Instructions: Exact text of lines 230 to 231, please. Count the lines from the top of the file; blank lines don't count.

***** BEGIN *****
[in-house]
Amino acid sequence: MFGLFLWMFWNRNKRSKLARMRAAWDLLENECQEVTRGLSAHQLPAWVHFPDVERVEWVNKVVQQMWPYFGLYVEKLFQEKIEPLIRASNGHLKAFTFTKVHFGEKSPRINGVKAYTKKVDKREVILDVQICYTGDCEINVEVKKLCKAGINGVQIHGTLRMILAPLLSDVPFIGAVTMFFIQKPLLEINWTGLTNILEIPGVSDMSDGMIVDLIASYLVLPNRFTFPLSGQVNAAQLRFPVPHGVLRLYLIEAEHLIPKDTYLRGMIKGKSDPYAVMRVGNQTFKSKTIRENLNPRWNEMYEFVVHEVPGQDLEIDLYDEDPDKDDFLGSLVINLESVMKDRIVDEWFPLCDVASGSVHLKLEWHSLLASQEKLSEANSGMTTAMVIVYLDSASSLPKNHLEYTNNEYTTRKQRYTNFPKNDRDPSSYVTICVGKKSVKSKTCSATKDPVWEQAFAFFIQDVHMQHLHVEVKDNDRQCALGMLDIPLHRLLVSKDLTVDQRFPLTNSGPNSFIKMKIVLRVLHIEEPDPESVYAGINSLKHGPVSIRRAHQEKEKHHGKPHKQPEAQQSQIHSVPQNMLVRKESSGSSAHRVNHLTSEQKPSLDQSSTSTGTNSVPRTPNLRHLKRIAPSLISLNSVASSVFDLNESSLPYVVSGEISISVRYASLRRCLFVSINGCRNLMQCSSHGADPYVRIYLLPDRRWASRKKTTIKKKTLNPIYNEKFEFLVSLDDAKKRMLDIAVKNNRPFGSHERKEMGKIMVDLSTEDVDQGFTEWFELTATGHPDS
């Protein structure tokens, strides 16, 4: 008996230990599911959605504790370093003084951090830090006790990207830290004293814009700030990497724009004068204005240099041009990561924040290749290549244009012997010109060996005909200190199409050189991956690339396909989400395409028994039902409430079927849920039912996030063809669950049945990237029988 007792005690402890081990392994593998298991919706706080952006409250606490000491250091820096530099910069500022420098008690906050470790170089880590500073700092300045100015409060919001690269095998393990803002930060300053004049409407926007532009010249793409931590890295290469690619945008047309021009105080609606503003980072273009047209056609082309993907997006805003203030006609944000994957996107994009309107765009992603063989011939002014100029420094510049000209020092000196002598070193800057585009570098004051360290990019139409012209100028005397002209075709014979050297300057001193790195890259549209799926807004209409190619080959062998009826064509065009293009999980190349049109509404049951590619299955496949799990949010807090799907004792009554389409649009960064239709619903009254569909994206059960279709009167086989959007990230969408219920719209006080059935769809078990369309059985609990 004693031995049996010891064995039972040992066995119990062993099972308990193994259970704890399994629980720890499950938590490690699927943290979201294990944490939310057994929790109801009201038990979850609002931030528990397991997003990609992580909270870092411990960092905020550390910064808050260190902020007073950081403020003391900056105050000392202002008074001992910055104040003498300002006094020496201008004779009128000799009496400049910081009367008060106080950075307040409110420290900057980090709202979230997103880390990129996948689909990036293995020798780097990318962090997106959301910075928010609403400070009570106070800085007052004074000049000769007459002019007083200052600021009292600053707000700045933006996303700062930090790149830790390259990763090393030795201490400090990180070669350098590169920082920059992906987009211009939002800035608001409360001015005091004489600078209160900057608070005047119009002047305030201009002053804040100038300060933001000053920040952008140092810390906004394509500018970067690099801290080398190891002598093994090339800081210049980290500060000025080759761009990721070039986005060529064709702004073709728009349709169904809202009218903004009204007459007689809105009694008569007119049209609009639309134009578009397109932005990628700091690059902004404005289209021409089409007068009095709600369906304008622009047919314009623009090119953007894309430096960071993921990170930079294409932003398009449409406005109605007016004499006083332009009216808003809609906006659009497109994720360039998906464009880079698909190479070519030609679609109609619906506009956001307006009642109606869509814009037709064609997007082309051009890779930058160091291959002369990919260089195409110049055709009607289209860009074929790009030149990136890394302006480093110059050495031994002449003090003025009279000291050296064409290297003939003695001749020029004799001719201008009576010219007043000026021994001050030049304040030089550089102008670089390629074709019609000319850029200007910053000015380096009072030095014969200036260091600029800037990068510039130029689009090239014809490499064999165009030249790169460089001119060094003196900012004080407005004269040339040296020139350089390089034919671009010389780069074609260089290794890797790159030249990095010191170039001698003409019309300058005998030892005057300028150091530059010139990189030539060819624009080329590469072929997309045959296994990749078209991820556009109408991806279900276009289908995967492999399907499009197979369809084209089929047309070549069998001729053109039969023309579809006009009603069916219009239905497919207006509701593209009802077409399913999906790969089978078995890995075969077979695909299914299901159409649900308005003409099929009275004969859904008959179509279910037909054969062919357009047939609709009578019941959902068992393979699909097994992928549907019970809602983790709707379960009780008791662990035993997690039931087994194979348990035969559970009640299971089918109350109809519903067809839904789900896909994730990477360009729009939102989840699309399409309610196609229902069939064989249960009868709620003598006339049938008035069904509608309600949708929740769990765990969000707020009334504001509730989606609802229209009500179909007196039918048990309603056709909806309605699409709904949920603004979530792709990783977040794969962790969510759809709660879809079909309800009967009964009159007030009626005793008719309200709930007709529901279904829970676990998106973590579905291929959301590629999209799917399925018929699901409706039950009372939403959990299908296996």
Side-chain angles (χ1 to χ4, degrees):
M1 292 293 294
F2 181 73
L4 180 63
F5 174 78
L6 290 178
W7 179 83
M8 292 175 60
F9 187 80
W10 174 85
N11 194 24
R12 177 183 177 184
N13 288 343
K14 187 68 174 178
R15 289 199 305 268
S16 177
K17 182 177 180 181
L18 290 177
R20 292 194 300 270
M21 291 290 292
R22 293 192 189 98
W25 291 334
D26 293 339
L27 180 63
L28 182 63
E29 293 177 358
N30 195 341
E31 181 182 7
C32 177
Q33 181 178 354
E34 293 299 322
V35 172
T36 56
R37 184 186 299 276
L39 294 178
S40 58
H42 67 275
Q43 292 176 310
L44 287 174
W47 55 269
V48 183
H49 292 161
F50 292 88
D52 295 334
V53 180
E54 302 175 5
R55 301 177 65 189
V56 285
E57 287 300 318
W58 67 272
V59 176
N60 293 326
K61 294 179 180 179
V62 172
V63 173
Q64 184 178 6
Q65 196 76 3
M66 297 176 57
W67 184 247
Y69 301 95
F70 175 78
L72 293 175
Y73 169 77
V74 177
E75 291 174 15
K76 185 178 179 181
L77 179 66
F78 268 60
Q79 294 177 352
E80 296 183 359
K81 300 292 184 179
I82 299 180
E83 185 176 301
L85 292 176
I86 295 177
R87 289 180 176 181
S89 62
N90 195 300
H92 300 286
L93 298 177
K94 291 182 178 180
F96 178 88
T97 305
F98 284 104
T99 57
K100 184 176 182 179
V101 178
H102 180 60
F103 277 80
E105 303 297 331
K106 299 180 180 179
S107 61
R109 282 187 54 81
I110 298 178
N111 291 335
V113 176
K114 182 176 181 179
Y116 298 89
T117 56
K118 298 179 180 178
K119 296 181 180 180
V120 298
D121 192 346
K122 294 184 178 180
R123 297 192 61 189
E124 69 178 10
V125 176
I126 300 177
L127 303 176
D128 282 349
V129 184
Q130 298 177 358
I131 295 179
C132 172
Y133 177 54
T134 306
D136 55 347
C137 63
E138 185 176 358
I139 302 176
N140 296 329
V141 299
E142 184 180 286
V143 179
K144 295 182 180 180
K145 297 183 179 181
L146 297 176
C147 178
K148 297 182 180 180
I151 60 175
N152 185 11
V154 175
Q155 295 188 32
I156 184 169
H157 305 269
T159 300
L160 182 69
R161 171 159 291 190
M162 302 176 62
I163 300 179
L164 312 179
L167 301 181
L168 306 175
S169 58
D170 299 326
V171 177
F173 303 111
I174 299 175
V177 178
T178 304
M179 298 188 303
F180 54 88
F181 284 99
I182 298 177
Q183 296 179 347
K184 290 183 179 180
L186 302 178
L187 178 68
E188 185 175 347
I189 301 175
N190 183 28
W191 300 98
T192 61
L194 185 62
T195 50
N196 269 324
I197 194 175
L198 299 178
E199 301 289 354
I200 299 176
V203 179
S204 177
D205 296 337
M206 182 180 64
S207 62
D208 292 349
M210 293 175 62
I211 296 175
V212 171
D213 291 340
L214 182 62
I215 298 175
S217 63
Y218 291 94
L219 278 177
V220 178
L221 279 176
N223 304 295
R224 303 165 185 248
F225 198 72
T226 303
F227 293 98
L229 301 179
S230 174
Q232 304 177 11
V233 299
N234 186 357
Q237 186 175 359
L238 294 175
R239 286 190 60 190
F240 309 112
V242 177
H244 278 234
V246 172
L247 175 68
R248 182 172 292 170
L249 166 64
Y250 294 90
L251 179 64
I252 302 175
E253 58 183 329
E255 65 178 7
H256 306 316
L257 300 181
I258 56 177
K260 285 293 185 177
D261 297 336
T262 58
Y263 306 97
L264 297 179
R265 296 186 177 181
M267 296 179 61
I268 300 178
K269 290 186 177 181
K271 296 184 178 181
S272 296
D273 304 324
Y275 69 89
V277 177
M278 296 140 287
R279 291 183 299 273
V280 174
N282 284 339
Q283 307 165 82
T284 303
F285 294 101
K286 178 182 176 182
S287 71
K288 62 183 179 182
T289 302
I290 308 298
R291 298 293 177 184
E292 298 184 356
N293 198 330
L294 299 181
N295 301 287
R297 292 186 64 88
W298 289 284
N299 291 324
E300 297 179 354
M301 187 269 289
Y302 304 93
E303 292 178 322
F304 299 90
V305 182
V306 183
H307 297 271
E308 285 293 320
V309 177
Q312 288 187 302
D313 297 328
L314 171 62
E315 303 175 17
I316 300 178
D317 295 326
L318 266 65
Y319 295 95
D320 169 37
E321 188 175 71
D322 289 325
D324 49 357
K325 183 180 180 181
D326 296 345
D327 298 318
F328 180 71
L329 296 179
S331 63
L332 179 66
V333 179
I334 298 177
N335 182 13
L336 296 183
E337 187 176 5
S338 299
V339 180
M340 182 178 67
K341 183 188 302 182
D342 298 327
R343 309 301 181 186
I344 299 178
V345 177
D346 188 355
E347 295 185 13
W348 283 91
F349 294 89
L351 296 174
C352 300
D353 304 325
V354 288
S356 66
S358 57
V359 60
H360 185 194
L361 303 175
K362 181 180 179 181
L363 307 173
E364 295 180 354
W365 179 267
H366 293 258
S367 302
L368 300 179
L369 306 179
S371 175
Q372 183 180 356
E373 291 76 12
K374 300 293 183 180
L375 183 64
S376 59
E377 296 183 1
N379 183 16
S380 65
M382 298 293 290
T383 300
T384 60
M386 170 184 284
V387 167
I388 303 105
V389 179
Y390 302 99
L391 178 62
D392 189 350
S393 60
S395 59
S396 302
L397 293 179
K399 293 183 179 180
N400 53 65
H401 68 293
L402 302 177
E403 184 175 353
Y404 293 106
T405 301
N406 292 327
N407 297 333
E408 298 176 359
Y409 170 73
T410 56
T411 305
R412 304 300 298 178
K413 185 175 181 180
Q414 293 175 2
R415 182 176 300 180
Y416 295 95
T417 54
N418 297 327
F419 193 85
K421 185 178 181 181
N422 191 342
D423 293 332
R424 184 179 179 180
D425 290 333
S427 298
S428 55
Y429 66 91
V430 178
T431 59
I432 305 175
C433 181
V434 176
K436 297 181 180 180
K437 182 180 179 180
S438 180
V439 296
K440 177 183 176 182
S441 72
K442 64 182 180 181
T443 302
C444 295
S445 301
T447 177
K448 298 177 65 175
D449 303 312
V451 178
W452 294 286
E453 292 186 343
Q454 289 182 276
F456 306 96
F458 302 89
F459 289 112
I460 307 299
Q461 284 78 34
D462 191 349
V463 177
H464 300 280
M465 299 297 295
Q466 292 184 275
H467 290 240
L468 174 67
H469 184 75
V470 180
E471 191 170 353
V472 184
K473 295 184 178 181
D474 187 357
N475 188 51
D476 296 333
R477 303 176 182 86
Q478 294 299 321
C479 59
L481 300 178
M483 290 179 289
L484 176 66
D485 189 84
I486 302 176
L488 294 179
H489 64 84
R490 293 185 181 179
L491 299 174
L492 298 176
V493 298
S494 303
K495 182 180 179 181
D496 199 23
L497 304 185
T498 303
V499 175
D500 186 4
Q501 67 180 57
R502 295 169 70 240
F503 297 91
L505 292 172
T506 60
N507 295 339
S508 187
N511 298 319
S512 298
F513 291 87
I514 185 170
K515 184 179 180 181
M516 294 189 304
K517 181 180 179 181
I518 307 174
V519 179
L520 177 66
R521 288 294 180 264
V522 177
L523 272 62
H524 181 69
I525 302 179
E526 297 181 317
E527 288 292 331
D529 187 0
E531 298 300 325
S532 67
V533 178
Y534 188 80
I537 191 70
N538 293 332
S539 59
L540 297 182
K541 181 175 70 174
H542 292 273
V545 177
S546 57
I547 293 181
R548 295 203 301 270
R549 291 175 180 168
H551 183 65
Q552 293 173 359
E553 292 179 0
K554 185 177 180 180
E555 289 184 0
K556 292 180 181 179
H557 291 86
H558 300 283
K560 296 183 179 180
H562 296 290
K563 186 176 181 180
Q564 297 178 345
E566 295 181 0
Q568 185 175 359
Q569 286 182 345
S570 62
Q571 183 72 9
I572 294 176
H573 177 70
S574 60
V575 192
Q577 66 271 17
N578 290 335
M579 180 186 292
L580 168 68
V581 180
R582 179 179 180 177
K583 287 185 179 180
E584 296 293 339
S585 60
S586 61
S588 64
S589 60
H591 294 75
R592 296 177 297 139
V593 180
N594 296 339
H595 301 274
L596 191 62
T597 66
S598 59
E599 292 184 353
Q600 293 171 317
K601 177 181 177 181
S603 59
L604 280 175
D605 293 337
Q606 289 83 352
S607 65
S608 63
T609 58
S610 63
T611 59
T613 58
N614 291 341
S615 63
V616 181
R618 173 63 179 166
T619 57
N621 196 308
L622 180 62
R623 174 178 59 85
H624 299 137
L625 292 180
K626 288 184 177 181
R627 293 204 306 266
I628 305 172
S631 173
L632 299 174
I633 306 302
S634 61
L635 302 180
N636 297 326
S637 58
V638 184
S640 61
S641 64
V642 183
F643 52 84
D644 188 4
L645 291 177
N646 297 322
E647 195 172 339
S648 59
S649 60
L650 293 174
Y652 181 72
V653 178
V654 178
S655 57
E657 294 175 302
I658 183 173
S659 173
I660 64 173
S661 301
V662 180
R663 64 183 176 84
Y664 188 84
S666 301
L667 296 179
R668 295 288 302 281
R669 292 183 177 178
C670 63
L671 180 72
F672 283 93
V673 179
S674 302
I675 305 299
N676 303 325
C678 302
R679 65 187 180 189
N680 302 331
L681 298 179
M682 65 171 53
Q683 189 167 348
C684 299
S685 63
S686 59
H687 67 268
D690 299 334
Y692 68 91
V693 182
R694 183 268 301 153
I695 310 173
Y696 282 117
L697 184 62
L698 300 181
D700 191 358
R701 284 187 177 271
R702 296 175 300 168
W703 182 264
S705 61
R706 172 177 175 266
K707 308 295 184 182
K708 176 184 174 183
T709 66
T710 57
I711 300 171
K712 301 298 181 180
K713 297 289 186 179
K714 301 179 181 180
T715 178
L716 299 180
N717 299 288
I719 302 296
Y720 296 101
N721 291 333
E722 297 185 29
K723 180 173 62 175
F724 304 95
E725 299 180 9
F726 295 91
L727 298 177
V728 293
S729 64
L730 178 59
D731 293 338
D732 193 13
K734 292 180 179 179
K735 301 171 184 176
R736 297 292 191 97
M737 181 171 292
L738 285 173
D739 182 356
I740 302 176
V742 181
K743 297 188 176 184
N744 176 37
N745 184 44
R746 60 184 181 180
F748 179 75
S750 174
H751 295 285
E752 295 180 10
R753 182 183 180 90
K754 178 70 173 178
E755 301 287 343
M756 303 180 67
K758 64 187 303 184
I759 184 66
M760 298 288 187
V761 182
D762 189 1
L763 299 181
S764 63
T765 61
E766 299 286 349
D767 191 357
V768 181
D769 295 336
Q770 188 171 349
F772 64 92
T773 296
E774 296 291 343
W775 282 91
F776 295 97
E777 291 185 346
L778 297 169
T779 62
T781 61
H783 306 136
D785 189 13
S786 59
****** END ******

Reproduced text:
D273 304 324
Y275 69 89